I am really, really happy that we chose not to do a traditional wedding cake. I have never had a tiered wedding cake covered in fondant that tasted good. Instead, we chose to do a trio of regularly sized cakes. We worked with a local pastry shop and the cakes were beautiful. It was nice to serve cake, because we got to do the ceremonial cake cutting. More importantly, the cakes were absolutely phenomenal - our guests were raving about them. We also served a selection of Petits Fours.
Here is the menu:
Fava Bean Crostini with Pecorino Toscano
Duck Liver with Bing Cherry Compote on Toasted Challah (my favorite)
Fresh Anchovies with Radishes on Buttered Pan Di Mie
An Amuse of Halibut Crudo with Fennel, Onion and Ginger
Little Gem Lettuces with Avocado, Grapefruit, and Mint
Prather Ranch Short Ribs with Horseradish Salsa Verde (these were absurd - fall off the bone tender and so rich and flavorful. People went wild for them)
Wild Nettle Pudding Souffle (for veggies)
Spring Vegetable Ragout
Potato, Celery Root, and Parsnip Puree
Trio of Wedding Cakes
Chocolate Ganache, Pistachio, Apricot
Strawberry Lavender Angel Food (my favorite)
Bing Cherry Mascarpone
In terms of alcohol, I have a few, brief recommendations:
-Serve prosecco instead of champagne. You can get much higher quality within the mid-price range, and most guests wont know the difference. We found an excellent prosecco for less than $15/bottle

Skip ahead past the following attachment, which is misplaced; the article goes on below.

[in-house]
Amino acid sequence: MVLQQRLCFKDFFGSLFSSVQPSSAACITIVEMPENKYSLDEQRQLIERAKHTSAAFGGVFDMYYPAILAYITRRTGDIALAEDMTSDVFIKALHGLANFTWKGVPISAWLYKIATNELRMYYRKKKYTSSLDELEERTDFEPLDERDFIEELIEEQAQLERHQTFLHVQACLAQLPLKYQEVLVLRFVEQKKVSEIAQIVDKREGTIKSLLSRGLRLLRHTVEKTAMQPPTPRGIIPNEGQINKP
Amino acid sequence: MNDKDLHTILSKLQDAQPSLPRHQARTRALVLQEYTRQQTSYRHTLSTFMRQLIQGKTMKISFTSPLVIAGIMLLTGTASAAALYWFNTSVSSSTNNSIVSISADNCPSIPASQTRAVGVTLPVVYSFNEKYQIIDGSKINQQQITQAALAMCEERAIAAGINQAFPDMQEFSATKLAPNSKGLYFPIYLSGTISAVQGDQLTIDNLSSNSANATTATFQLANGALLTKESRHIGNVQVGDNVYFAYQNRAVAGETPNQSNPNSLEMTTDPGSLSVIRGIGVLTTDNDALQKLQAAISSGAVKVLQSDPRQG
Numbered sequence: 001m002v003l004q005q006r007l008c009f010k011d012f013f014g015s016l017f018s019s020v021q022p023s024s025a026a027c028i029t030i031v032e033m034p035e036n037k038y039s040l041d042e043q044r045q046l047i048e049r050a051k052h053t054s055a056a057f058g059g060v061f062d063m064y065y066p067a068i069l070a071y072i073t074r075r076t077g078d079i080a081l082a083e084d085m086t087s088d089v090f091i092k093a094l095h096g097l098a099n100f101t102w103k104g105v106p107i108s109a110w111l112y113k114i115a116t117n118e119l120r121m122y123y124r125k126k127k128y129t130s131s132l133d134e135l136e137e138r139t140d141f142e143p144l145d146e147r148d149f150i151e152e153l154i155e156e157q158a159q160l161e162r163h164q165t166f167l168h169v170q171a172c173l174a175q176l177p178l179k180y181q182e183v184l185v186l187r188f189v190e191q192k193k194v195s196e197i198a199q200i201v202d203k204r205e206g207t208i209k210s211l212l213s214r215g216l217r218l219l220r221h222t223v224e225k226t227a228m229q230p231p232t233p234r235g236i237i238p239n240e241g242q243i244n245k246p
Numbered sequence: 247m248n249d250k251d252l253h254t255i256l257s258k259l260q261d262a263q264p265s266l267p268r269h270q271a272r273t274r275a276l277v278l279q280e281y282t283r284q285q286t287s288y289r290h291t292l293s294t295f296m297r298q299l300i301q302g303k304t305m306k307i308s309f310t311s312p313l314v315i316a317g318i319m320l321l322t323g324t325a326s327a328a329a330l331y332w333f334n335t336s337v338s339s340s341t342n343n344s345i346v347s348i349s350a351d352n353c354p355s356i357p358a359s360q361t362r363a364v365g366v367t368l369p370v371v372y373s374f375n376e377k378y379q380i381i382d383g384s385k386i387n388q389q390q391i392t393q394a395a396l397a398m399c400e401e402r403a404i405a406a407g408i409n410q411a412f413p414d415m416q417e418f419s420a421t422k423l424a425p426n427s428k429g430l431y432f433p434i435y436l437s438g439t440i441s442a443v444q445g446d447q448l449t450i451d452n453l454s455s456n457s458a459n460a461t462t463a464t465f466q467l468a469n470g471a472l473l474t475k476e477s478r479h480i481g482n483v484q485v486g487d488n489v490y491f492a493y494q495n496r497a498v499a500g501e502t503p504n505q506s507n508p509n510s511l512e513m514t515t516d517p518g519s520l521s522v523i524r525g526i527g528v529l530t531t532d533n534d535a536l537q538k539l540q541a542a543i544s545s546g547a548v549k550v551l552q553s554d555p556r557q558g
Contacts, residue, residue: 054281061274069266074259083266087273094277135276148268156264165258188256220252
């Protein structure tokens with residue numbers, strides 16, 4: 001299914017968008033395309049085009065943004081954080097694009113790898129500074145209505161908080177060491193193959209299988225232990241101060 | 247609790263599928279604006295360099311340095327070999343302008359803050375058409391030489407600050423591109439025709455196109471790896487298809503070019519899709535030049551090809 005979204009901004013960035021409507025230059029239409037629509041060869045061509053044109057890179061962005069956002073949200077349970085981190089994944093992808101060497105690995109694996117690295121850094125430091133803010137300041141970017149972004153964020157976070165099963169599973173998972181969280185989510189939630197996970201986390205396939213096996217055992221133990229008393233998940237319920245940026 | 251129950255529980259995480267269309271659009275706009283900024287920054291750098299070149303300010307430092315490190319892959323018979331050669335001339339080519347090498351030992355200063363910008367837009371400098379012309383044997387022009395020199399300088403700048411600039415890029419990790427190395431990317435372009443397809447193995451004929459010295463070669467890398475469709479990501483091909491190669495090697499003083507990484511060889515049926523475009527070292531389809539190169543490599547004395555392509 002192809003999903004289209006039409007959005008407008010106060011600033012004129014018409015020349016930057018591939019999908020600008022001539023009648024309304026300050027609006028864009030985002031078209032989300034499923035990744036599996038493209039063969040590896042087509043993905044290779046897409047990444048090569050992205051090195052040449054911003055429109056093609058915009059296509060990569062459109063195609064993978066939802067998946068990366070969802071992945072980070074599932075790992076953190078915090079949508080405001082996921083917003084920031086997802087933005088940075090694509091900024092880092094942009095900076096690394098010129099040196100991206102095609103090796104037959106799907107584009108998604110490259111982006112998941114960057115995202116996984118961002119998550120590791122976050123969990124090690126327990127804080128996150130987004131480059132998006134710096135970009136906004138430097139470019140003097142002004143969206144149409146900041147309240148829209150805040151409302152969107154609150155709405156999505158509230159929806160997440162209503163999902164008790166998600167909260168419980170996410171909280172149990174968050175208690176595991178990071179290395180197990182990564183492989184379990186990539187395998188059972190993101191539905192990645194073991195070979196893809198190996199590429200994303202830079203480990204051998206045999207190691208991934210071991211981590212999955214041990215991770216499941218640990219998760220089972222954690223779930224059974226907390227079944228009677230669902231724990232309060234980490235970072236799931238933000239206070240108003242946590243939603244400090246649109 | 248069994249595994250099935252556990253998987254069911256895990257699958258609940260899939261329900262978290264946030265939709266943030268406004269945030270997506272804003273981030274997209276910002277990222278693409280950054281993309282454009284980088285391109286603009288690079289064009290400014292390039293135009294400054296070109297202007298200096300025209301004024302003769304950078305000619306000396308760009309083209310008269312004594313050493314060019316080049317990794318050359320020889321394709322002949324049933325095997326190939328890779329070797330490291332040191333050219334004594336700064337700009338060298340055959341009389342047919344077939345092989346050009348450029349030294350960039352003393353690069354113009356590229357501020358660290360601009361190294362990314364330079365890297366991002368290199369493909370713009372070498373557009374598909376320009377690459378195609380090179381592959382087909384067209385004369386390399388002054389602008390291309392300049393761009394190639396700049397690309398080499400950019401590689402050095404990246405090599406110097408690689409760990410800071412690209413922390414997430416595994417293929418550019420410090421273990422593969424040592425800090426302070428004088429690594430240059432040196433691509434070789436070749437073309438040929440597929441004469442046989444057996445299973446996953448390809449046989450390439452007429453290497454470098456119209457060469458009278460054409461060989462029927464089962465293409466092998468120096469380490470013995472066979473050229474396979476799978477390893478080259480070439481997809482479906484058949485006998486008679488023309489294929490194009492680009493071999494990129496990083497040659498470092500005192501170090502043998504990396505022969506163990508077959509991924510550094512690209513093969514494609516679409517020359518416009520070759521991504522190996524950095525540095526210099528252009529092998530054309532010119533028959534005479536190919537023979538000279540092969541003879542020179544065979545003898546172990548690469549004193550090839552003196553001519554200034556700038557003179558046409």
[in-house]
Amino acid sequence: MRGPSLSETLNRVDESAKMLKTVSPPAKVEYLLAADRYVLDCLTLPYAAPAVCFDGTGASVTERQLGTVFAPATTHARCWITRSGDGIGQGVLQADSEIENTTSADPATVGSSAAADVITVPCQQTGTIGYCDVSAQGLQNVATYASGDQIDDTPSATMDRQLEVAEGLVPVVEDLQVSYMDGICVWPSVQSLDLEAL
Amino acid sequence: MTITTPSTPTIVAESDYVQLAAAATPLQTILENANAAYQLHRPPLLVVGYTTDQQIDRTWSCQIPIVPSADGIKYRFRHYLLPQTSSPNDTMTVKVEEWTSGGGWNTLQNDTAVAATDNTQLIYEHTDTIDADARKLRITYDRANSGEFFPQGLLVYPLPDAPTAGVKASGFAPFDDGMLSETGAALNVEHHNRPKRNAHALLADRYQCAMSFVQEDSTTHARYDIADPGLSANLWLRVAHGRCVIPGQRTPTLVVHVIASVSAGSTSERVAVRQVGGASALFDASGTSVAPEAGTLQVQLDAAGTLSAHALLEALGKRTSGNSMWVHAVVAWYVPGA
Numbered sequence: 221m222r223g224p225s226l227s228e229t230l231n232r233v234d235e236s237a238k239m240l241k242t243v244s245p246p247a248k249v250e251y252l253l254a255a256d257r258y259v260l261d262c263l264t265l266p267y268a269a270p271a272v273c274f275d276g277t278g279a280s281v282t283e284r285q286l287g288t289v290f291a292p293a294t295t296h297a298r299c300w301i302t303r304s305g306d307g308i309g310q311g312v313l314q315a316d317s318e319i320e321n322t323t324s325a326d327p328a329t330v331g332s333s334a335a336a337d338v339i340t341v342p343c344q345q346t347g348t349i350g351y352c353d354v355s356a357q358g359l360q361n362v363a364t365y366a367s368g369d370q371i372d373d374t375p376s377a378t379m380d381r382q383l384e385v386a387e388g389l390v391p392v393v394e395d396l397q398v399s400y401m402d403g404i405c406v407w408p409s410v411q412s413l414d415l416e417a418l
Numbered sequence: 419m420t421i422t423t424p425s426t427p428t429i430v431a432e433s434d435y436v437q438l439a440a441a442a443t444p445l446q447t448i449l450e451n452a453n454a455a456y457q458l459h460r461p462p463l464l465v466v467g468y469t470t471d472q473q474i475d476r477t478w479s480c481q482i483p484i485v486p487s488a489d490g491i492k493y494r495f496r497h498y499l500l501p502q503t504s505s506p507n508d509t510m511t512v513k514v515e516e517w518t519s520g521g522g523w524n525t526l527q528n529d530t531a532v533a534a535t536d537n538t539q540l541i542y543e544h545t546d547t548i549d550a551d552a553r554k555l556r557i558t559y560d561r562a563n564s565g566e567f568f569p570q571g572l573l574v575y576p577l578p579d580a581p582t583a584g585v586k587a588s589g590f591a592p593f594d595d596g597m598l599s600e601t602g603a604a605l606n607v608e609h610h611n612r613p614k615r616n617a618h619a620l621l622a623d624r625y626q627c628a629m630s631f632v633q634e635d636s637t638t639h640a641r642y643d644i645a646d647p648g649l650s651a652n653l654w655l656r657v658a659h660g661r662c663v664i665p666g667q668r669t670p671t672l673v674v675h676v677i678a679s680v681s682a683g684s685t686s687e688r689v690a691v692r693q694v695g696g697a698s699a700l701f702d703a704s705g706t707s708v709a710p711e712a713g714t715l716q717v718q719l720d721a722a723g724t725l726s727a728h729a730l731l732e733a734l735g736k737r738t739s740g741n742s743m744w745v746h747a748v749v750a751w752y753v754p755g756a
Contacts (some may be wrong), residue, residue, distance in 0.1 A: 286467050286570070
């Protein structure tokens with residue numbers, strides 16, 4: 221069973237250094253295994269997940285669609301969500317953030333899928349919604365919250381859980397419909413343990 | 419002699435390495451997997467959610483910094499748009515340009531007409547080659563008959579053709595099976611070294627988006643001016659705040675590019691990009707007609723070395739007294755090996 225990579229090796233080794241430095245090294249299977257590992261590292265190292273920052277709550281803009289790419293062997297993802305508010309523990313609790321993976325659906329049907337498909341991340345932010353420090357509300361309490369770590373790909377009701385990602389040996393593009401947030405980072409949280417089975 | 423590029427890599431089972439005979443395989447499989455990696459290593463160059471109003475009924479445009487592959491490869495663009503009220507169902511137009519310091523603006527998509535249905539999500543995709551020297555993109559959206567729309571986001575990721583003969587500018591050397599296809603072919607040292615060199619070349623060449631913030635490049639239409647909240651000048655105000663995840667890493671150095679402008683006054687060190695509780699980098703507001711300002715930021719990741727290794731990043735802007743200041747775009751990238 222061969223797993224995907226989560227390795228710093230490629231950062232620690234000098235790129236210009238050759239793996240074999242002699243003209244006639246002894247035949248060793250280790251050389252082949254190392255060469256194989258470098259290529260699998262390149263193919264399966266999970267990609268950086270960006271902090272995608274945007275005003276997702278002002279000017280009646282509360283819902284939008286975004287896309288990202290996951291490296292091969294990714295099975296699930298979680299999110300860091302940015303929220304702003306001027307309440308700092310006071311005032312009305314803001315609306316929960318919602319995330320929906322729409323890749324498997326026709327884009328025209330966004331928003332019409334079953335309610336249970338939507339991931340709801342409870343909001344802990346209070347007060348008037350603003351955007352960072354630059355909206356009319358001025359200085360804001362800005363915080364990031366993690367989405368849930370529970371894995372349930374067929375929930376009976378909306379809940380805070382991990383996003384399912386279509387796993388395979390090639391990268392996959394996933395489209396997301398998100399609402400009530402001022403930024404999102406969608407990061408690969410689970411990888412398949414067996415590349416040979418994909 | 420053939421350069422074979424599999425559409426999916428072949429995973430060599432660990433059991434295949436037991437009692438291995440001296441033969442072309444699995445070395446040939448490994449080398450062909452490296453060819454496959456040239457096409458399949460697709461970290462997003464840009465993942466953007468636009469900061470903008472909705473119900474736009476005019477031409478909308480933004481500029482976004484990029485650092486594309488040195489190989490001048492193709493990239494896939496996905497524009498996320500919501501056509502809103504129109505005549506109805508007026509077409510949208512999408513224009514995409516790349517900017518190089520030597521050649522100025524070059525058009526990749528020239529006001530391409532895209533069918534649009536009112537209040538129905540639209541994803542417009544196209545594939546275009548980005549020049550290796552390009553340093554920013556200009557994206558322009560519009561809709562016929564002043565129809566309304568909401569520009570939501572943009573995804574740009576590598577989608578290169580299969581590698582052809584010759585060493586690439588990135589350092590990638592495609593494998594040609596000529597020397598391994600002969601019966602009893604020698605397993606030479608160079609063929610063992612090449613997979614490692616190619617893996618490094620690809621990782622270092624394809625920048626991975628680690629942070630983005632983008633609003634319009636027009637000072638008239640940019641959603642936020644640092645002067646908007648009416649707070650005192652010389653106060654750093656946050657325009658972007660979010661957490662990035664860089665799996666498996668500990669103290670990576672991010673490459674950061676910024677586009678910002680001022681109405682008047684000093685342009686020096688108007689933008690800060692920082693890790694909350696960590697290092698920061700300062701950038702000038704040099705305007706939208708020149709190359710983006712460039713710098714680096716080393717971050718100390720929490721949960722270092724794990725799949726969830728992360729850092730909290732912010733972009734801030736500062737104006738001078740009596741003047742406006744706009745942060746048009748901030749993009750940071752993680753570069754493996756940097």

-Get some Navarro Grape Juice for the teetotallers. It's a truly outstanding grape juice, and that way some of your guests wont feel left out during the toast. Even our wino friends were going nuts for this stuff.
-If you have any beer drinkers, get a keg of something special. We served Delirium Tremens, and it was the hit of the party. At $2/glass, it was a less expensive than the wine, but a lot more popular.
re: Morton the Mousse
Thank you! We were thrilled with it!
We worked with a chef instead of a caterer. I'm reluctant to post her info as she normally does not do events. We asked the owner of our favorite restaurant for advice, and he recommended his sous-chef (which was great, because he gave her time off right before the event so she could let those short ribs braise all day).
The drawback of using a private chef was that we had to do a lot of work. We organized all of the rentals, and coordinated dinner service, bussing, and bartending. Normally, caterers do this stuff for you. I would only recommend a private chef to the most hardcore of type-A couples.
The plus side was that we got to be really hands on in the menu planning. She was really open to our ideas and feedback, and was fantastic about taking an idea we had and perfecting it. We outlined the proteins and key ingredients we wanted to serve, and she turned that into a detailed menu. She came to our house to prepare a full sample dinner, which was a really nice touch. And of course, the food was far beyond anything I've encountered from a catering service.